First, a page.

The Art of the Handoff

That Isn't My Job

“That Isn’t My Job” are four very ugly words.

Today I had 165 emails to respond to and 3 meetings on my plate. Efficiency and speed were the key to my surviving the gauntlet. At 4:13 PM, a newish client sends an email asking for help from the wrong people. As I’m burning through my task list I came very close to writing a fast, one sentence reply telling them they needed to send their request to another department. And then my Disney training kicked in. Full stop.

Instead, I replied thanking them for their request. I told them this department would handle part of the request and that another department would handle the second. I then trained them who to go to in the future and told them I’d open a new request on their behalf with the right department. I then sent a followup email introducing them to the contact that would be helping them. It took an extra 30 seconds of my time. It might be the most valuable 30 seconds I spent on anything today.

If I want our digital agency to be known for having the best customer service in Orlando or anywhere else, our entire team has to be on the same page in elevating the experience. I would expect and hope for the same from any vendor we work with as well.

Wherever you work, anytime someone asks for help, they are looking to you for leadership. But what happens if you don’t have the answer?

You can tell them you don’t know and turn your back on them.

Ouch.

Or you can tell them the all-too-common “it’s not my job”. Slightly better is to also tell them who to talk to, but it’s still poor manners and a bad experience.

It’s easy to say these things, and it’s not technically wrong. But is that a good experience for the person asking for help? No one in my agency should ever say the words “that’s not my job.” No one should ever say, “go talk to so and so.”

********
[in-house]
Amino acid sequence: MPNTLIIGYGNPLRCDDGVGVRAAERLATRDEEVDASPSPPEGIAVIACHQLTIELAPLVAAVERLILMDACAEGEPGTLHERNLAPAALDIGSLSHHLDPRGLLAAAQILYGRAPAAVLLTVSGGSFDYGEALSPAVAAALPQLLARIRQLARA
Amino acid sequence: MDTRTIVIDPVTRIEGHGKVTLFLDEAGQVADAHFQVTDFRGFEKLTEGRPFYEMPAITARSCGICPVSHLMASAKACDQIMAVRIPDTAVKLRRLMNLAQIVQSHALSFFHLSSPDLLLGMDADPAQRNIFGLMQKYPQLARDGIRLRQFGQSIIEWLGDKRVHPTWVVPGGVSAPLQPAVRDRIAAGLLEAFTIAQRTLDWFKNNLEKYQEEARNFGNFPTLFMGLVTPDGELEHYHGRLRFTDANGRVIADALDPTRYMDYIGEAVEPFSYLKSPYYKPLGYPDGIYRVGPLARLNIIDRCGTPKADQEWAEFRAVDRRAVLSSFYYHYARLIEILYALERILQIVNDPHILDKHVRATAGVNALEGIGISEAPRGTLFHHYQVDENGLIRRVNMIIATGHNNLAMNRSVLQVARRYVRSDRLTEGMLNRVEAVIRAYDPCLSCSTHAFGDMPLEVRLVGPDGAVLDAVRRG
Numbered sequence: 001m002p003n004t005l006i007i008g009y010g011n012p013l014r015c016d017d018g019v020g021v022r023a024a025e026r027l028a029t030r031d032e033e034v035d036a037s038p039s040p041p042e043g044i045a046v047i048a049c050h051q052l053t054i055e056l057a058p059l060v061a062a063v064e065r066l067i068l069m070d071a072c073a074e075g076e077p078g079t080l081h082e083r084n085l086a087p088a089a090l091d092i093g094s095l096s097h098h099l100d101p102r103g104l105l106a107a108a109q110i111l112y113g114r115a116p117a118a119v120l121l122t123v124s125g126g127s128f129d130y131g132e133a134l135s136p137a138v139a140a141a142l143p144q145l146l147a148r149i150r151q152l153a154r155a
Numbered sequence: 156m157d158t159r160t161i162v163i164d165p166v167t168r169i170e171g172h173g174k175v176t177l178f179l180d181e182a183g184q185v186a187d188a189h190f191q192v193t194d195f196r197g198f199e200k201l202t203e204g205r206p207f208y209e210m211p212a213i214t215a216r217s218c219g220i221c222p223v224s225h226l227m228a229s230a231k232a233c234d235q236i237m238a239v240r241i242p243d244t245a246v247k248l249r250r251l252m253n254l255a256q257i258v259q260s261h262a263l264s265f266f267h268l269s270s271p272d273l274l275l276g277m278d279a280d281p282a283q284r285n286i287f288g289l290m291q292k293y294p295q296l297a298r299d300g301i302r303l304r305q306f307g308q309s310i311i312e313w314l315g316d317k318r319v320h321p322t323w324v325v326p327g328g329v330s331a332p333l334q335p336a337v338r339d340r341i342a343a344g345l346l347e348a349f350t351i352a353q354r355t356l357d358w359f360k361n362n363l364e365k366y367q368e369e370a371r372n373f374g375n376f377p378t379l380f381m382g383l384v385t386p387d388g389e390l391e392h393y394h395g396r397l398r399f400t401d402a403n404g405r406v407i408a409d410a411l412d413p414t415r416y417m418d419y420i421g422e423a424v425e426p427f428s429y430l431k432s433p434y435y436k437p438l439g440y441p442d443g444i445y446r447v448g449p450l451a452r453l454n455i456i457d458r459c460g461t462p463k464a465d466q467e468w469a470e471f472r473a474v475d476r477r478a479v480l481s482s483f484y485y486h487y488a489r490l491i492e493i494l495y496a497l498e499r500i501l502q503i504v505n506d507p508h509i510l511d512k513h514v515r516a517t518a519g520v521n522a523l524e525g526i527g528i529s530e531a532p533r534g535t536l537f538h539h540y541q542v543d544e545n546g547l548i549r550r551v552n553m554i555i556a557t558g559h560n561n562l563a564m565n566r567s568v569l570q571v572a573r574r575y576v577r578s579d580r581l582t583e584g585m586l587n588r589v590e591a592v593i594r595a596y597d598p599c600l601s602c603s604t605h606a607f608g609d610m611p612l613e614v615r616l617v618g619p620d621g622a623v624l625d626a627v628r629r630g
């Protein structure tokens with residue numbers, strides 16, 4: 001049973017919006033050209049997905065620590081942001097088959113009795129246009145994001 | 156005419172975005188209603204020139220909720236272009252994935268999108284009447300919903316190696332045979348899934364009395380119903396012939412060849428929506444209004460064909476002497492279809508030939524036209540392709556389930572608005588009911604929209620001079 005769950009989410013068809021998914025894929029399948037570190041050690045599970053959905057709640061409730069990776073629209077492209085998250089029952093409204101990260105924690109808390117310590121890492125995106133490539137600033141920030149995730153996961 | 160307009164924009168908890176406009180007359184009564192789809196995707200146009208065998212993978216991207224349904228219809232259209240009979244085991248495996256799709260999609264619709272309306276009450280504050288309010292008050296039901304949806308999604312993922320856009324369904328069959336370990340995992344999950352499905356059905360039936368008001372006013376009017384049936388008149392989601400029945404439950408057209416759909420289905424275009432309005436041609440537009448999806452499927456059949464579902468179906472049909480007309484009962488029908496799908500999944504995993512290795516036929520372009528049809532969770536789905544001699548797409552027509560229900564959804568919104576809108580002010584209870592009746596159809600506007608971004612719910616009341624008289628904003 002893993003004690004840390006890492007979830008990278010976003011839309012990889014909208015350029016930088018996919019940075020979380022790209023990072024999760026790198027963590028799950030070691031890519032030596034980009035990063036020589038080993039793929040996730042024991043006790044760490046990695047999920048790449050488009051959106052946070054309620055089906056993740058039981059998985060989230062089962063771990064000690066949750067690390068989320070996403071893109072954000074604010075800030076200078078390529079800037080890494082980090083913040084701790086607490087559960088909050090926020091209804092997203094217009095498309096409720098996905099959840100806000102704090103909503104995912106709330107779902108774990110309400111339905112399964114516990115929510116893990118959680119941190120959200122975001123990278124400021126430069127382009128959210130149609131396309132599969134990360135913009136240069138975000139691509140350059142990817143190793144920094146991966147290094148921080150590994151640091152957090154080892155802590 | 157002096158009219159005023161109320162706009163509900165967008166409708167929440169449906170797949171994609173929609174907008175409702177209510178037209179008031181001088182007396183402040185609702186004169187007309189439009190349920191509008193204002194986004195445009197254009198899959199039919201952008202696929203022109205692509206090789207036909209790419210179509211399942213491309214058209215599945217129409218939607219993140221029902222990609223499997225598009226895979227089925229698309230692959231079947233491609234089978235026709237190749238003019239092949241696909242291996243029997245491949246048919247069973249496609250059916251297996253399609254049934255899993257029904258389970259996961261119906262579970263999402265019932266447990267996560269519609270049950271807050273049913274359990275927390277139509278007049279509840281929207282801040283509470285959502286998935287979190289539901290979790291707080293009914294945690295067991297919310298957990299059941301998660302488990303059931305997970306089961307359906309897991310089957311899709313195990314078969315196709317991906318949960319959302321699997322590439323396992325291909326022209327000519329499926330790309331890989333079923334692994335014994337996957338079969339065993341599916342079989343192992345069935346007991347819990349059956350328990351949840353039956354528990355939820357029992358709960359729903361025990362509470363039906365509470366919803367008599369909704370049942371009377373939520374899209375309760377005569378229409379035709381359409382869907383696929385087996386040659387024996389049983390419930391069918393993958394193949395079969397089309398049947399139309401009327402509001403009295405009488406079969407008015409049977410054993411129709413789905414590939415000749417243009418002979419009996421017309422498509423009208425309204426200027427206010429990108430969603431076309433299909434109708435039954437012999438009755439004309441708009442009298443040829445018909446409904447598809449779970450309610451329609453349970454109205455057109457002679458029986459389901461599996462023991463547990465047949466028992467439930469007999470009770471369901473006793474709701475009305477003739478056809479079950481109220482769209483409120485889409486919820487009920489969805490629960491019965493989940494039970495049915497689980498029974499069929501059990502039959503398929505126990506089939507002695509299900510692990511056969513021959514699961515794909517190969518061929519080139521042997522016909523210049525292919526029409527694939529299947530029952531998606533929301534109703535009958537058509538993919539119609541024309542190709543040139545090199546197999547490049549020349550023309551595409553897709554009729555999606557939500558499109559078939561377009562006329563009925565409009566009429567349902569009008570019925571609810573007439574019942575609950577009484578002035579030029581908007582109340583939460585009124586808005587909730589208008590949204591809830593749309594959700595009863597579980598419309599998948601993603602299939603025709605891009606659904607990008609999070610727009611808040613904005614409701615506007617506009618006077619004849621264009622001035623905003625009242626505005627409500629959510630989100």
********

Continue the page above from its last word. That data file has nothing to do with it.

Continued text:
This is how customers are slowly lost, not through error, but instead through disengagement. You harm your customers and your company culture this way. The same attitude can cause harm inside your company just as easily as it can with customers.

If you instead take an extra moment to bring them on a journey to the person that can help them and introduce them (virtually through online introduction or physically), you’ll elevate your own personal brand as someone that genuinely cares. Or you can say you don’t know, but you can find out for them and get back to them by X time. In this way, you’re giving them a joyful and seamless experience that builds trust.

It feels like a breath of fresh air to the person you’re helping.

Want to talk customer service? Connect with me on linkedin.

Did you know accessibility on the web is a crucial form of customer service? If you aren’t building websites with differently abled people in mind you’re essentially saying something isn’t your job when it actually is. Learn more about building for accessibility.

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